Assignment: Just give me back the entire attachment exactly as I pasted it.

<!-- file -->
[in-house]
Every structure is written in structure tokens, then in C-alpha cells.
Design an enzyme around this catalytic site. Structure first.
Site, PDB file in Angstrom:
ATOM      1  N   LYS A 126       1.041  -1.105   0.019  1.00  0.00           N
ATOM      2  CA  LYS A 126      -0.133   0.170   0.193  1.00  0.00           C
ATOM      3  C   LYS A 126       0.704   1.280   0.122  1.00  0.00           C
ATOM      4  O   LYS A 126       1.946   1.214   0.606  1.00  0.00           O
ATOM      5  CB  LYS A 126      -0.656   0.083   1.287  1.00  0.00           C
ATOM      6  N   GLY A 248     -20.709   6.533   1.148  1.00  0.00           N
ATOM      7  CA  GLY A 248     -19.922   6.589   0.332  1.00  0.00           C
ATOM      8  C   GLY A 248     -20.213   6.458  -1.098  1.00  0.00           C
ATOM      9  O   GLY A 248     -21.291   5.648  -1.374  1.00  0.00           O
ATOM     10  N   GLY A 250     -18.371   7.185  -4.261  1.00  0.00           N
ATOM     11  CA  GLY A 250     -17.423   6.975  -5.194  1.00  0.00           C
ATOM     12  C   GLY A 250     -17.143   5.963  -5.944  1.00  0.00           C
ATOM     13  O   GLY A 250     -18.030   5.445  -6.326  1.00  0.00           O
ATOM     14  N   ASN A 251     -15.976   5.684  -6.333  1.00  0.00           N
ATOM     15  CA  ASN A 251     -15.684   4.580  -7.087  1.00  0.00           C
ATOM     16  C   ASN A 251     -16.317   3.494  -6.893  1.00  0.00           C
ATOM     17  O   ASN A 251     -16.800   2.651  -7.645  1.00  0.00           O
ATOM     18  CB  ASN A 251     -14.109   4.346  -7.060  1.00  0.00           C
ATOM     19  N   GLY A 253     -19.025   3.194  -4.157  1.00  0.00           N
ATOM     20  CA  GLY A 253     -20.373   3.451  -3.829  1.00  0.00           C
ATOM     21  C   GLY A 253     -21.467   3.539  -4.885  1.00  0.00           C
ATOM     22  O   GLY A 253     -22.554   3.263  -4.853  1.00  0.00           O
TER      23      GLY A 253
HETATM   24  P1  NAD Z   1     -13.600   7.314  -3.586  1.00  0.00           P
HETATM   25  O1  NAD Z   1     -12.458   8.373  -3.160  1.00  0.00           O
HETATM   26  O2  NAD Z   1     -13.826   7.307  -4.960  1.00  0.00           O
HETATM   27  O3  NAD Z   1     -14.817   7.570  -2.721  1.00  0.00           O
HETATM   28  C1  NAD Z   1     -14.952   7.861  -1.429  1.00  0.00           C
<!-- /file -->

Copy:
[in-house]
Every structure is written in structure tokens, then in C-alpha cells.
Design an enzyme around this catalytic site. Structure first.
Site, PDB file in Angstrom:
ATOM      1  N   LYS A 126       1.041  -1.105   0.019  1.00  0.00           N
ATOM      2  CA  LYS A 126      -0.133   0.170   0.193  1.00  0.00           C
ATOM      3  C   LYS A 126       0.704   1.280   0.122  1.00  0.00           C
ATOM      4  O   LYS A 126       1.946   1.214   0.606  1.00  0.00           O
ATOM      5  CB  LYS A 126      -0.656   0.083   1.287  1.00  0.00           C
ATOM      6  N   GLY A 248     -20.709   6.533   1.148  1.00  0.00           N
ATOM      7  CA  GLY A 248     -19.922   6.589   0.332  1.00  0.00           C
ATOM      8  C   GLY A 248     -20.213   6.458  -1.098  1.00  0.00           C
ATOM      9  O   GLY A 248     -21.291   5.648  -1.374  1.00  0.00           O
ATOM     10  N   GLY A 250     -18.371   7.185  -4.261  1.00  0.00           N
ATOM     11  CA  GLY A 250     -17.423   6.975  -5.194  1.00  0.00           C
ATOM     12  C   GLY A 250     -17.143   5.963  -5.944  1.00  0.00           C
ATOM     13  O   GLY A 250     -18.030   5.445  -6.326  1.00  0.00           O
ATOM     14  N   ASN A 251     -15.976   5.684  -6.333  1.00  0.00           N
ATOM     15  CA  ASN A 251     -15.684   4.580  -7.087  1.00  0.00           C
ATOM     16  C   ASN A 251     -16.317   3.494  -6.893  1.00  0.00           C
ATOM     17  O   ASN A 251     -16.800   2.651  -7.645  1.00  0.00           O
ATOM     18  CB  ASN A 251     -14.109   4.346  -7.060  1.00  0.00           C
ATOM     19  N   GLY A 253     -19.025   3.194  -4.157  1.00  0.00           N
ATOM     20  CA  GLY A 253     -20.373   3.451  -3.829  1.00  0.00           C
ATOM     21  C   GLY A 253     -21.467   3.539  -4.885  1.00  0.00           C
ATOM     22  O   GLY A 253     -22.554   3.263  -4.853  1.00  0.00           O
TER      23      GLY A 253
HETATM   24  P1  NAD Z   1     -13.600   7.314  -3.586  1.00  0.00           P
HETATM   25  O1  NAD Z   1     -12.458   8.373  -3.160  1.00  0.00           O
HETATM   26  O2  NAD Z   1     -13.826   7.307  -4.960  1.00  0.00           O
HETATM   27  O3  NAD Z   1     -14.817   7.570  -2.721  1.00  0.00           O
HETATM   28  C1  NAD Z   1     -14.952   7.861  -1.429  1.00  0.00           C